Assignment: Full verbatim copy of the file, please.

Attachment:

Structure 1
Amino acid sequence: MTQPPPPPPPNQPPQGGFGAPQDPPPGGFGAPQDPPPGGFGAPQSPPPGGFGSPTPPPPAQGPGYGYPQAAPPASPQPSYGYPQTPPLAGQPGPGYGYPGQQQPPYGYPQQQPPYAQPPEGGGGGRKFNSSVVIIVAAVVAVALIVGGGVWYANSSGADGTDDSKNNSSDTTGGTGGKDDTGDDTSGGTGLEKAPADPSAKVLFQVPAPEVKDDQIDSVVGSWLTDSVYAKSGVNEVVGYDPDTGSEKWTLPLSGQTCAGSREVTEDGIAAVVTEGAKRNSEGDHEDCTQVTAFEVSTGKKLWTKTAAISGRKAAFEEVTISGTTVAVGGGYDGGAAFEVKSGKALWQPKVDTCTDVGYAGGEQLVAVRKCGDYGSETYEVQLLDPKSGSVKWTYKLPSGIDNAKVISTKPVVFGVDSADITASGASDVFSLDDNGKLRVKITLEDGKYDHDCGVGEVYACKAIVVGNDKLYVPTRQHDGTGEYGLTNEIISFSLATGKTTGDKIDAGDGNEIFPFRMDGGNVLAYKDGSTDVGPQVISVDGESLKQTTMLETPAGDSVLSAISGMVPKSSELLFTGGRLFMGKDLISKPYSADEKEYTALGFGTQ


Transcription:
Structure 1
Amino acid sequence: MTQPPPPPPPNQPPQGGFGAPQDPPPGGFGAPQDPPPGGFGAPQSPPPGGFGSPTPPPPAQGPGYGYPQAAPPASPQPSYGYPQTPPLAGQPGPGYGYPGQQQPPYGYPQQQPPYAQPPEGGGGGRKFNSSVVIIVAAVVAVALIVGGGVWYANSSGADGTDDSKNNSSDTTGGTGGKDDTGDDTSGGTGLEKAPADPSAKVLFQVPAPEVKDDQIDSVVGSWLTDSVYAKSGVNEVVGYDPDTGSEKWTLPLSGQTCAGSREVTEDGIAAVVTEGAKRNSEGDHEDCTQVTAFEVSTGKKLWTKTAAISGRKAAFEEVTISGTTVAVGGGYDGGAAFEVKSGKALWQPKVDTCTDVGYAGGEQLVAVRKCGDYGSETYEVQLLDPKSGSVKWTYKLPSGIDNAKVISTKPVVFGVDSADITASGASDVFSLDDNGKLRVKITLEDGKYDHDCGVGEVYACKAIVVGNDKLYVPTRQHDGTGEYGLTNEIISFSLATGKTTGDKIDAGDGNEIFPFRMDGGNVLAYKDGSTDVGPQVISVDGESLKQTTMLETPAGDSVLSAISGMVPKSSELLFTGGRLFMGKDLISKPYSADEKEYTALGFGTQ